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Oakland high school student Zachary Fernandez made it to the finals on the first season of Project Runway Junior, then headed straight back to Oakland School of the Arts to continue his education as a designer. His newest collection, Kathmandu, was inspired by recovery efforts in Nepal after the devastating 2015 earthquake. Art School followed Fernandez's process as he sketched, sourced fabric, and designed his new project, revealed at a culminating fashion show in spring 2016.
Hi, my name is Zachary Fernandez and I'm currently a fashion student. So I am starting my Kathmandu 2016 collection. My collection's gonna be debuting at my school fashion show, and so I have little under seven weeks to get this all put together. So our school assignment was to pick a city that we wanted to be inspired by for this collection. I ended with Kathmandu, Nepal, all of the trouble that they went through last year was really inspiring and I was able to take those ideas of imbalance and the destruction of culture and apply that to this new collection. These are the pieces that I ended up designing. They're ever-changing and they kind of just are always in flux. My sketching process involves a lot of images, a lot of mixed medias, I like to do collages, watercolors, acrylic paste, it's a real reflection of what my mind looks like. Here you have the final sketches that I've done. The sketching process for me is really a major step between just ideas and kind of this fantasy world that I've created in my mind to really functional wearable pieces. Fabric sourcing is one of my favorite things to do. It's really like a group activity, like meet a couple of friends, we'll just go, we'll explore the city, we'll get inspiration. So I'm looking for like a very pale blue that's almost like very silverish, and then I'm gonna be looking for a very deep, rust orange color. Okay, so I need to find this, but more grayish blue. The fabric store is one of those places that you go in with one idea and one concept and one thought, and you come out with like 500 more. This is it.
- This is it!
- This is it.
- [Girl] Dude!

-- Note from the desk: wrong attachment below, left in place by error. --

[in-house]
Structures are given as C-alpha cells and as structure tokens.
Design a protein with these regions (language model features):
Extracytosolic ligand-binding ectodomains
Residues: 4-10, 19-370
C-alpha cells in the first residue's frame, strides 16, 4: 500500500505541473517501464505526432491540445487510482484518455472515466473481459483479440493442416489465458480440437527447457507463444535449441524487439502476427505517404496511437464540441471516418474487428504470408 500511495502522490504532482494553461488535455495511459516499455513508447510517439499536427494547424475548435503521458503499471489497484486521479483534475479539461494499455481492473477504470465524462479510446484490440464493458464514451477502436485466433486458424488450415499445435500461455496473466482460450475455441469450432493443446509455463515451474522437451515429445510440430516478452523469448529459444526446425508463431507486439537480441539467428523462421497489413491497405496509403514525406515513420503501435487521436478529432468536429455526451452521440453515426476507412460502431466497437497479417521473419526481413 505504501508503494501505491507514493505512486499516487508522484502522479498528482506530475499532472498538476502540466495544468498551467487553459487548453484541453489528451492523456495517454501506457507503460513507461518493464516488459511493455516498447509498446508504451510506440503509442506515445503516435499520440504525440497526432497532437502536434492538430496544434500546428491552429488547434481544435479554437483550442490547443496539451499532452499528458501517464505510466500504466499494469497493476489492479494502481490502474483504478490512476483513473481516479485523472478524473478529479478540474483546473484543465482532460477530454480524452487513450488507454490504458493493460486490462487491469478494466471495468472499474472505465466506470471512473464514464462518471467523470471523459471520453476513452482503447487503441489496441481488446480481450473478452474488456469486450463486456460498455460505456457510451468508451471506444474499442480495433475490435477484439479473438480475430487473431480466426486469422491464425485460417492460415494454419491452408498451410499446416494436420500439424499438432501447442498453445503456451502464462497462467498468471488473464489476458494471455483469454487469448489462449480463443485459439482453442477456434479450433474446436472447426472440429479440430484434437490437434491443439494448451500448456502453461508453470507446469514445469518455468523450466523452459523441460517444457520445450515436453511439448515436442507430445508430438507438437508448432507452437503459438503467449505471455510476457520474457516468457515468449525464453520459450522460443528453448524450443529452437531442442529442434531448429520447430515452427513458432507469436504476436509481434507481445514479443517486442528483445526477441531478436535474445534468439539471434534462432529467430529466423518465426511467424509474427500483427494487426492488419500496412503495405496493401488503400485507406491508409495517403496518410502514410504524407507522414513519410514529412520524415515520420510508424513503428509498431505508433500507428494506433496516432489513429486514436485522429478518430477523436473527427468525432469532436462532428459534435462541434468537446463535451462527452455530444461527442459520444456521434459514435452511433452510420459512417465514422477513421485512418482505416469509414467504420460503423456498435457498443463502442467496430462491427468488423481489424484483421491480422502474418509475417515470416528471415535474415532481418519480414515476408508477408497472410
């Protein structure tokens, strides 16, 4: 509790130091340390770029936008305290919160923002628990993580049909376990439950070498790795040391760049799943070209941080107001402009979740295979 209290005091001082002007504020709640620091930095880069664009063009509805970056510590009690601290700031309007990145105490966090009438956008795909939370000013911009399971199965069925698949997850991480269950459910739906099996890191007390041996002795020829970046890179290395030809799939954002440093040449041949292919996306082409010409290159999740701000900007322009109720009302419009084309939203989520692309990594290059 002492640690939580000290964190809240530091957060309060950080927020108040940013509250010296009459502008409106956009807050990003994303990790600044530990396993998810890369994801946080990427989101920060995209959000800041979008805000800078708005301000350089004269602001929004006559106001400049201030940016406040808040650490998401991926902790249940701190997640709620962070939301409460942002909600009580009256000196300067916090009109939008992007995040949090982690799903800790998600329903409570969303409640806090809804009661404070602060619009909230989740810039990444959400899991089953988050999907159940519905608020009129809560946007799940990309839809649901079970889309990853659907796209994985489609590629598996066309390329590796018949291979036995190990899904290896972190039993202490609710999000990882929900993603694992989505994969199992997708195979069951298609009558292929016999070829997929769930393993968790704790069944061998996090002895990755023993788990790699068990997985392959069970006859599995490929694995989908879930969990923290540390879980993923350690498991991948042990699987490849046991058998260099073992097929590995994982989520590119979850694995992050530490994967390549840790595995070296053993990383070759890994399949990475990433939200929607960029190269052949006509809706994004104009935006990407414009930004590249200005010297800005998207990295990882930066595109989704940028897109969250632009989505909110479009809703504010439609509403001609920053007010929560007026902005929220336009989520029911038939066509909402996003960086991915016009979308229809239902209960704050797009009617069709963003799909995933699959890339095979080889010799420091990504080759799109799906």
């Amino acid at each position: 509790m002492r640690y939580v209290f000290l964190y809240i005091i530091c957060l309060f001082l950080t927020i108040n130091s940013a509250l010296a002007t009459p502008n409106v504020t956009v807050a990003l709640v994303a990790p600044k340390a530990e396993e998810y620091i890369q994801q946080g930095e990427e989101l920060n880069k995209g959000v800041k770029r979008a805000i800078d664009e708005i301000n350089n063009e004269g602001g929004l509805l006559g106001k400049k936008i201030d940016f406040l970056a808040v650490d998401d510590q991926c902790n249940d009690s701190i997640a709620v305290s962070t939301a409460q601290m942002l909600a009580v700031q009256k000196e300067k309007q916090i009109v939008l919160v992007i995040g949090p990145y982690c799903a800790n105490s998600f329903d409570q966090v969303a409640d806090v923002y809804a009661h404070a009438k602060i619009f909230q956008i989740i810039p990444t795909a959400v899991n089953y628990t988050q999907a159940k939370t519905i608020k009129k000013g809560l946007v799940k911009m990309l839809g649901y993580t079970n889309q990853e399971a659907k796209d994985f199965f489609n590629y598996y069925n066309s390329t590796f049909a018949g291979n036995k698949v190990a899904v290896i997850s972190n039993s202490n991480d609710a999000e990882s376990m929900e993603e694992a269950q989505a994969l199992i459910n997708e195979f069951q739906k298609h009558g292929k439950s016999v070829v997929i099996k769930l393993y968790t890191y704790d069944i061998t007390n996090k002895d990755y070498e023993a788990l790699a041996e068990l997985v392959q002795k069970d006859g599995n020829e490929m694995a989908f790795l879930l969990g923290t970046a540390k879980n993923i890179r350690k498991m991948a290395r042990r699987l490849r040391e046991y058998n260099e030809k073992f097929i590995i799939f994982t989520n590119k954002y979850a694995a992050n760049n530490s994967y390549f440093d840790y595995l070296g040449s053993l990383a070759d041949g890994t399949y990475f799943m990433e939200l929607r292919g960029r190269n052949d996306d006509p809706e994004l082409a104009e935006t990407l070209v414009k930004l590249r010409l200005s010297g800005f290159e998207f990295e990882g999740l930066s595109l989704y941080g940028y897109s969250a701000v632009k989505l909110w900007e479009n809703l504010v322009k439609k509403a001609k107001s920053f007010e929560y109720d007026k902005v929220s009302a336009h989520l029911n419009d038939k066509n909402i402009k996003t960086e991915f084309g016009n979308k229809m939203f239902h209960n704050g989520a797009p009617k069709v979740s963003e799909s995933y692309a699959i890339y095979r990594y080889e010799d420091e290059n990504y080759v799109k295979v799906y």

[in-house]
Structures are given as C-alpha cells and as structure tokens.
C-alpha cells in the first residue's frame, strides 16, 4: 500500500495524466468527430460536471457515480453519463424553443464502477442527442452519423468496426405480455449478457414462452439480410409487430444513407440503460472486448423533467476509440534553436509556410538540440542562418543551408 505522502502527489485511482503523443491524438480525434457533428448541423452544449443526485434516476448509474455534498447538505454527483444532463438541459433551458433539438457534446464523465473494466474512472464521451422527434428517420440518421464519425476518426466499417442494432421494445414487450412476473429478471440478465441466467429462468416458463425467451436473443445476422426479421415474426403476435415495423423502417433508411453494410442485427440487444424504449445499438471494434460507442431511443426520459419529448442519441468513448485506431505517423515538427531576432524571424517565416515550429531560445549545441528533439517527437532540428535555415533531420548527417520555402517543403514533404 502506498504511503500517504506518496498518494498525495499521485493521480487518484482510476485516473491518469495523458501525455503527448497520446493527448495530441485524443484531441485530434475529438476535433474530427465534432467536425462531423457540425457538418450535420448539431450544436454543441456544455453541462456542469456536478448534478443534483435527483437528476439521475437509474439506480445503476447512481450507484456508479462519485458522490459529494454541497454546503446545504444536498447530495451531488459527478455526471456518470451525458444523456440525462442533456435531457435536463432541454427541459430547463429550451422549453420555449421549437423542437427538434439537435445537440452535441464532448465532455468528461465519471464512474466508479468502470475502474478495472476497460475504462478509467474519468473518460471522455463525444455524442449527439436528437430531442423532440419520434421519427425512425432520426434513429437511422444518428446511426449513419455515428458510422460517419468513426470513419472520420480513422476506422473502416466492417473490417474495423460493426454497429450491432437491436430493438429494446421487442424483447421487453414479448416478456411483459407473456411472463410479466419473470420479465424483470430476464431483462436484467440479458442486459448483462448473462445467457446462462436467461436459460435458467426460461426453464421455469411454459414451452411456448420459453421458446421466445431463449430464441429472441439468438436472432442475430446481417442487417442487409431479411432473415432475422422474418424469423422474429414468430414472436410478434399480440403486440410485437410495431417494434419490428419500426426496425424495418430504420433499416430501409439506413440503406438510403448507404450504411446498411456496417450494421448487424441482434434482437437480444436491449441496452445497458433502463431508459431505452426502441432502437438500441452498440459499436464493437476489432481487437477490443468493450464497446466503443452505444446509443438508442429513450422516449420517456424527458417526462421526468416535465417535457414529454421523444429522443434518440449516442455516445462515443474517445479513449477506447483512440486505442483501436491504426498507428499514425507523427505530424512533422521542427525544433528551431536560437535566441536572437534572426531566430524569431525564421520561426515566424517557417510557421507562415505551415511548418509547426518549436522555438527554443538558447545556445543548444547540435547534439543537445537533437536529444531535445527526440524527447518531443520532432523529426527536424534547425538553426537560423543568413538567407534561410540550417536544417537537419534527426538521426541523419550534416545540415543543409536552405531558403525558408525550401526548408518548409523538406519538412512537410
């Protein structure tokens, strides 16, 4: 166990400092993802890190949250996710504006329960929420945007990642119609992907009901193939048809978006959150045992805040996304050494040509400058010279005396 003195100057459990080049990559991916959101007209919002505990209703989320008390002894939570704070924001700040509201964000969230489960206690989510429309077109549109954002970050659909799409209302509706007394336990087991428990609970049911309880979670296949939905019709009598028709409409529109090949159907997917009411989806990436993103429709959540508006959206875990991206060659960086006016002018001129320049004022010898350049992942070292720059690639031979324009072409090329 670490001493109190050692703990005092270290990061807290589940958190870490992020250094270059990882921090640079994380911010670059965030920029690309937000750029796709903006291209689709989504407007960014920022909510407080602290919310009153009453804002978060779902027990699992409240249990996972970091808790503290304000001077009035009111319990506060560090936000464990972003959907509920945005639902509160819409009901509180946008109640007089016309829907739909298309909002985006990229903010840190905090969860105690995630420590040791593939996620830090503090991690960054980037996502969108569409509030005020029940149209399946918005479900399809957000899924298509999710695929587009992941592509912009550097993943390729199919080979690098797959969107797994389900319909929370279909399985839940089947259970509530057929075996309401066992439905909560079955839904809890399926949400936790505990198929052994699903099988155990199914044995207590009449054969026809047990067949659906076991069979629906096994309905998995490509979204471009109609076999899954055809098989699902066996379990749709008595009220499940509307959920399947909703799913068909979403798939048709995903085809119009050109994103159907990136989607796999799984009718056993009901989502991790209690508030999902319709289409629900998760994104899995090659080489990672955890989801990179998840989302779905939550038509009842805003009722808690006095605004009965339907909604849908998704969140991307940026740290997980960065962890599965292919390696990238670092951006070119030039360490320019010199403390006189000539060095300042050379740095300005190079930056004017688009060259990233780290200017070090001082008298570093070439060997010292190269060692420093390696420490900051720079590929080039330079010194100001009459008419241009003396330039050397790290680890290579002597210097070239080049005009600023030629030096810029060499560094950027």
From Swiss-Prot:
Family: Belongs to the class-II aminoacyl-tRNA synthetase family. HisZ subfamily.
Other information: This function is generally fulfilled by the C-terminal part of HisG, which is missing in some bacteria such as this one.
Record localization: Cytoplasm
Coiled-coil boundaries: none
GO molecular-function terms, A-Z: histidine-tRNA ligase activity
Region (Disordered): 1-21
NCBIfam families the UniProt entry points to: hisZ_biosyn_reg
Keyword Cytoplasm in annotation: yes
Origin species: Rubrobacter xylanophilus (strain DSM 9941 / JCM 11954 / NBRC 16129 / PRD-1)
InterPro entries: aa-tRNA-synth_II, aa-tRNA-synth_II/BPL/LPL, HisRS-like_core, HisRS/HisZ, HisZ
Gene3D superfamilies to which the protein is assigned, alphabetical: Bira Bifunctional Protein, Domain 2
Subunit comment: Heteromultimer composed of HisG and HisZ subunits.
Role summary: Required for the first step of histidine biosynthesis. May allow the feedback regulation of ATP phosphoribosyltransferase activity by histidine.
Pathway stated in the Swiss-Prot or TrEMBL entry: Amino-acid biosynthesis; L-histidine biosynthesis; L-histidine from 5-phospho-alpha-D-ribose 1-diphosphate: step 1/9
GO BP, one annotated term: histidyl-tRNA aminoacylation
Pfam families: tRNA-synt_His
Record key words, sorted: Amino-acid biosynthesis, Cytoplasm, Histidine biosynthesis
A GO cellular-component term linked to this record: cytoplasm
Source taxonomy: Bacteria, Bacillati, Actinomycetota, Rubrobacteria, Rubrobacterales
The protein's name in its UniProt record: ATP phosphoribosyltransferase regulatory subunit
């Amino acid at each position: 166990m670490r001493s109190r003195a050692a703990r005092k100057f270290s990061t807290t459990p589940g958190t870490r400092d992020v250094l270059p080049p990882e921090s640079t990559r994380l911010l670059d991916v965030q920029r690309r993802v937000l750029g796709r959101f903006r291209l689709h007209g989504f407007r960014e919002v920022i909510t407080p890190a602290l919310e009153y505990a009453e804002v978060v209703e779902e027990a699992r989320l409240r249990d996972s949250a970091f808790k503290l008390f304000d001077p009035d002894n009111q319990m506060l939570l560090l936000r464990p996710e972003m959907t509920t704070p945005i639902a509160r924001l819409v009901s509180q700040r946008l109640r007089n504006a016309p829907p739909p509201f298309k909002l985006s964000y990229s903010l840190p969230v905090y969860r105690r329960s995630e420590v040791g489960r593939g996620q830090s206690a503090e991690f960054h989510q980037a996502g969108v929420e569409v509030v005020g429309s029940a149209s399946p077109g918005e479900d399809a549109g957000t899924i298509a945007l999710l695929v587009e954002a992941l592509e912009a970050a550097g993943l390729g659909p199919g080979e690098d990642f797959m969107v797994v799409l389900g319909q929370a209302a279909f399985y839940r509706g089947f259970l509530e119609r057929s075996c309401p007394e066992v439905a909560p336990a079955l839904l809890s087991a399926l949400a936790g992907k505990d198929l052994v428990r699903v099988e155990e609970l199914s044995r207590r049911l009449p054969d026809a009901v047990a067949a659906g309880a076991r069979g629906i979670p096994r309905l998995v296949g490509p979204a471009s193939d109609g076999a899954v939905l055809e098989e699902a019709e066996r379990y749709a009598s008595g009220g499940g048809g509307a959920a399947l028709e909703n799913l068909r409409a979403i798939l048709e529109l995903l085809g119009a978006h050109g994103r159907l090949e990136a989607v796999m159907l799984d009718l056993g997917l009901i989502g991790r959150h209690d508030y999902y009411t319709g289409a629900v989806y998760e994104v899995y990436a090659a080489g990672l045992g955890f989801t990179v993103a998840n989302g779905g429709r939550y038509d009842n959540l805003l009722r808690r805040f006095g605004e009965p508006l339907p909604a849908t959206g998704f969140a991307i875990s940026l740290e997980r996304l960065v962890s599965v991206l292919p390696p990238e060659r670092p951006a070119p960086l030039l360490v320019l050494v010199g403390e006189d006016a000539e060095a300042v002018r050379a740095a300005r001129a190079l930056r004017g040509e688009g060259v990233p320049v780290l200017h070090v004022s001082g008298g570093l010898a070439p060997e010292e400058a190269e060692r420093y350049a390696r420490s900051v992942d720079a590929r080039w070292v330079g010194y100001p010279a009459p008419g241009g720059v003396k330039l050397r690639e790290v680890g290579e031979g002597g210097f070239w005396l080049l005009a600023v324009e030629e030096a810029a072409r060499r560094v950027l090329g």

- Hey! Yes! So I spend the majority of my time draping and it's definitely a part that will make or break a piece. I take a piece of muslin, which is just a really basic blend fabric, and I started sculpting it to the dress form. And then those mock-ups that I make of the dress form are then fitted to the model, and sometimes I try them on a model, I'm like, this is hideous, I don't know why, it just overpowers her or something happens and that leads to even better ideas and even more just, creativeness. When you design while you create, I just think it takes so much longer and you like pressure yourself so much more. So, my design mind is turned off. And it's just about sewing, and sewing, and sewing, and sewing, and sewing. So after I finish draping, I take a part of that mockup and I totally seam rip it and I re-pattern it, and then I cut out of my real fabric. It's always really nerve-wracking 'cause a lot of times the fabric's all that you have, either the budget doesn't allow for you to get more fabric, or there's simply not anymore left. It has this like box-like structure in it. The box is actually lined with horse-hair so that it can kind of take the shape and that's why I'm kind of trying to like manipulate it right now 'cause it just takes on whatever shape you really need it to. The show, oh the show. Six days, and I'm still cutting up fabric like, I don't think that's normal. There's always going to be that last minute hurry up and finish like state of being. I have a picture in my mind about how this is supposed to go, but who knows if it actually go that way. I think that there can be a lot of different ways to read the look. Obviously you look for like the main things like color, silhouette, is this an evening piece, is this a day piece and you just kind of put the garment and choose certain categories and that really helps people read fashion out, by the time the piece is on the runway I'm already thinking about a whole new collection and I'm really thinking something totally different, but it doesn't really hit me that these people, for them it's the first time that they've seen this. I've spent months and months planning and sketching and putting it together. If I see all these different things in these pieces, but no one else does, then it's kind of sad, but then it's also part of what makes fashion art, is because people see it in so many different ways. We are in my home, studio, bedroom combination in Berkeley, California. I have this look from Project Runway Junior, which was the first episode, and this look for my most recent collection. They really mean a lot to me 'cause they show how much progress I've made within the last four, five months.